How to Dig Yourself Out of a Creative Slump

It’s an awful, crappy (insert additional expletives) feeling when you’re in a creative slump, no matter what you’re working on, whether its writing, painting, or a new business proposal. Everyone goes through it — and yet it manages to be a terribly isolated feeling, like you’re trapped inside a dank, dark cave with no sign of rescue on the horizon.

Here are some things you can to do to help pull yourself out of the mire. Or, rather, I should say, here are a few things I’m currently doing to try to dig myself out of my own current slump. As with most bits of advice, your mileage may vary.

Seek Community Engagement

Go out and find fellow artists, writers, creators with which to interact. You can do this online, but if you’re really stuck, I recommend seeking a face-to-face experience. It provides a different level of osmosis. On a really good day, you can feel their excitement, their creativity energy coming off them. I don’t think of this as stealing, so much as basking in their sunlight. It’s great for gathering inspiration

My most recent foray was to attend Writers with Drinks at the Make-Out Room in San Francisco this weekend. Charlie Jane Anders is a live electrical wire on the stage and she always selects amazing writers to perform. It was a fantastic event and I felt energized by the end, excited to get some of my own words down.

Read Things That Inspire You

Books are full of inspiration. When I read an excellent poem or novel, I find myself buzzing. It’s a connection with wonderful, amazing, captivating words that I would never have thought of in a million epochs, and somehow instead of sitting around feeling jealous (okay, maybe a little jealous), I find myself driven to want to write my own words, to try and approach that same level of awesome and inspire someone else.

Likewise, books about writing or art can be wonderfully inspiring. A good book on creative techniques will make you want to jump up and try a particular suggestion.

I recently completed and recommend Steal Like an Artist: 10 Things Nobody Told You About Being Creative by Austin Kleon, which is more of an inspirational, rather than practical, how-to book. It dispenses some of the epiphanies Kleon has come to discover over the course of his life as a creative artist and writer.

Most of these epiphanies felt rather elementary to me, being things I already knew or had a sense of — such as, “Draw the art you want to see, start the business you want to run, play the music you want to hear, write the books you want to read, build the products you want to use – do the work you want to see done.” And yet, though this is not new information, I still found it refreshing to hear this advice again. The easier or more common a piece of advice is, the easier it is to push that advice to the back or your mind. Reading them again, reminds me and reinvigorates me.

The titular bit of advice, “Steal like an artist,” Kleon reveals is in a sense another way of saying, “There’s nothing new under the sun.” The idea isn’t to enact plagiarism, but to know that every experience, every book read, movie watched, every debate with a good friend intensely discussed feeds the creative machine of your mind. This both frees up artists trapped in the desperate search for originality to just sit down and create work, while also urging them to seek out experiences that best feed their work, enacting a kind of selective inspiration.

Most of the advice in Steal Like an Artist is designed to free the artist from obstacles, so that they create. It’s a perfect book to read when you’re feeling stuck.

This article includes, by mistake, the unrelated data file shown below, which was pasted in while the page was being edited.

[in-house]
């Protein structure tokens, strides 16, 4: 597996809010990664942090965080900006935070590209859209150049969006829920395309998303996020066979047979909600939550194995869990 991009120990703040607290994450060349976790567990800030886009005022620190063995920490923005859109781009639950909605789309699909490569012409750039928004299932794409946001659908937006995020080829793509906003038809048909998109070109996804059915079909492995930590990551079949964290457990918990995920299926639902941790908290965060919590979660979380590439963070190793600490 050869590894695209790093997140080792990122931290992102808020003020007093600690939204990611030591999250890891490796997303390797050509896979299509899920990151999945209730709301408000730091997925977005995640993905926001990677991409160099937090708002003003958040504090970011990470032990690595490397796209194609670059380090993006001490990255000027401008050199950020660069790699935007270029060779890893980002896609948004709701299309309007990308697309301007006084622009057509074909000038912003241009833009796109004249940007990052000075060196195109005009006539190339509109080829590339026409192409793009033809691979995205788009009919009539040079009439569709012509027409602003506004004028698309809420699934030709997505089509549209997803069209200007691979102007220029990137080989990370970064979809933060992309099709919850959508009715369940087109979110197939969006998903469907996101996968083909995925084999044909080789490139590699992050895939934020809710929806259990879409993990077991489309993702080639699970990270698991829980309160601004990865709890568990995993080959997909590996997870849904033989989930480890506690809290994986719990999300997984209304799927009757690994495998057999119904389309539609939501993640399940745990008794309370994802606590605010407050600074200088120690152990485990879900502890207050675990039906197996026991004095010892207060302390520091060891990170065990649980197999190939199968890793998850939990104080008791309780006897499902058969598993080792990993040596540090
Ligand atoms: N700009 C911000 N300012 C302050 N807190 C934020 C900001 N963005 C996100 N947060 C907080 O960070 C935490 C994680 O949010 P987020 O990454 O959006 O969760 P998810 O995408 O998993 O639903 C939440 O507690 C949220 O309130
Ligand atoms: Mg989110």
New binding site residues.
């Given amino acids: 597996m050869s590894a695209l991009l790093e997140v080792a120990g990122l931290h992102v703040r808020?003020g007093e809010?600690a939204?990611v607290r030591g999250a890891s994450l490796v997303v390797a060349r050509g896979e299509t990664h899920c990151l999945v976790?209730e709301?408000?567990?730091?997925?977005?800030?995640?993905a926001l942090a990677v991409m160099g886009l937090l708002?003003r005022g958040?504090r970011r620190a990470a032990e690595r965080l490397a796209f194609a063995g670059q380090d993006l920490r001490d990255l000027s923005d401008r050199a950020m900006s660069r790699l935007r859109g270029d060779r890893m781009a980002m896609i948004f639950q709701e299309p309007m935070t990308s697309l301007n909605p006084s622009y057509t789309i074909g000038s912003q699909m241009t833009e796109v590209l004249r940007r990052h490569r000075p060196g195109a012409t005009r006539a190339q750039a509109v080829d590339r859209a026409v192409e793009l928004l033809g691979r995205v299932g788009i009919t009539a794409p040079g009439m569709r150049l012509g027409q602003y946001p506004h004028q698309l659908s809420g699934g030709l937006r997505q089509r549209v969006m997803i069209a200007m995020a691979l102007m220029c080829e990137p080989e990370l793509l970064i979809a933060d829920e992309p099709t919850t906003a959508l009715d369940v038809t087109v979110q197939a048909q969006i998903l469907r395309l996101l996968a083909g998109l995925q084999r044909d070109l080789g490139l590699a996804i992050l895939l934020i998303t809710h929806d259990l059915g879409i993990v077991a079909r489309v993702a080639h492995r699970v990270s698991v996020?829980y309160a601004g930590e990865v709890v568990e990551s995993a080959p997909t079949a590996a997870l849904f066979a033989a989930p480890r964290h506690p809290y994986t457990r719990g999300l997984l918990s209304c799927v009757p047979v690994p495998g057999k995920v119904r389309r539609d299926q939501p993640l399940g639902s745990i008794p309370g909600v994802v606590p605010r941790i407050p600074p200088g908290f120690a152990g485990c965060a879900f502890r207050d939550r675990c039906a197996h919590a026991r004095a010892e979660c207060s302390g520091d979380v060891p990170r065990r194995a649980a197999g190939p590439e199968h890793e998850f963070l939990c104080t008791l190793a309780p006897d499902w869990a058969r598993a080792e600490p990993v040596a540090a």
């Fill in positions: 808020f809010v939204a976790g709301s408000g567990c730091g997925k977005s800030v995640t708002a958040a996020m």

Get Away from the Screen

Step away from the computer, the iPad, the TV, or whatever. This is one of Kleon’s pieces of advice, as well. There’s something powerful about working in the physical realm instead of on a screen. It engages different parts of the brain – plus, doodling or writing with a pencil lets you enact rage scribbling and paper crumpling and other emotion purging actions that a (expensive) screen denies. I find when I work out of a physical notebook, it triggers ideas and word flow that I wouldn’t normally get from writing on my laptop.

Reach for Small Accomplishments

Make it teeny, tiny. Make it the easiest little bit that you could possibly do.

For example, I recently set a daily goal of writing for 10 minutes a day – barely enough time to get a paragraph or two down. But once I finish those 10 minutes I know I’ve accomplished something: I put words on the page. And, more often than not, I find myself writing past the 10 minutes and putting down more words than expected.

Think about what sort of small goals might induce you to get started.

Anchor Yourself and Face the Blank Page

At a certain point, you have to just sit down in front of the terrifying chasm of the blank page and force yourself to put one word down, then two. Words will lead to sentences will lead to paragraphs will lead to a completed that may not be brilliant, but at least will be something.

I’m not saying it will be easy.

My Sunday involved me sitting at my laptop for over an hour, too paralyzed to do much more than stare at the screen or hold my face in the palm of my hands, groaning in despair. Every little word I typed hurt. It felt like I was drawing words through my skin like steel wire. But the more I wrote, the easier it got until I had a nice little rhythm going.

Sometimes you just have to force yourself to write, draw, paint, whatever, despite how much it sucks. Eventually, the sense of rhythm returns, the feeling of habitual action that leads to work getting done.

Be Gentle With Yourself

When you’re in a slump (or in most cases, really), giving yourself an emotional beating for not meeting or achieving a specific goal is less than helpful. Be gentle, be kind. You’ll find your way out of the dark. You will get back in the swing and rhythm of your creative flow. I promise.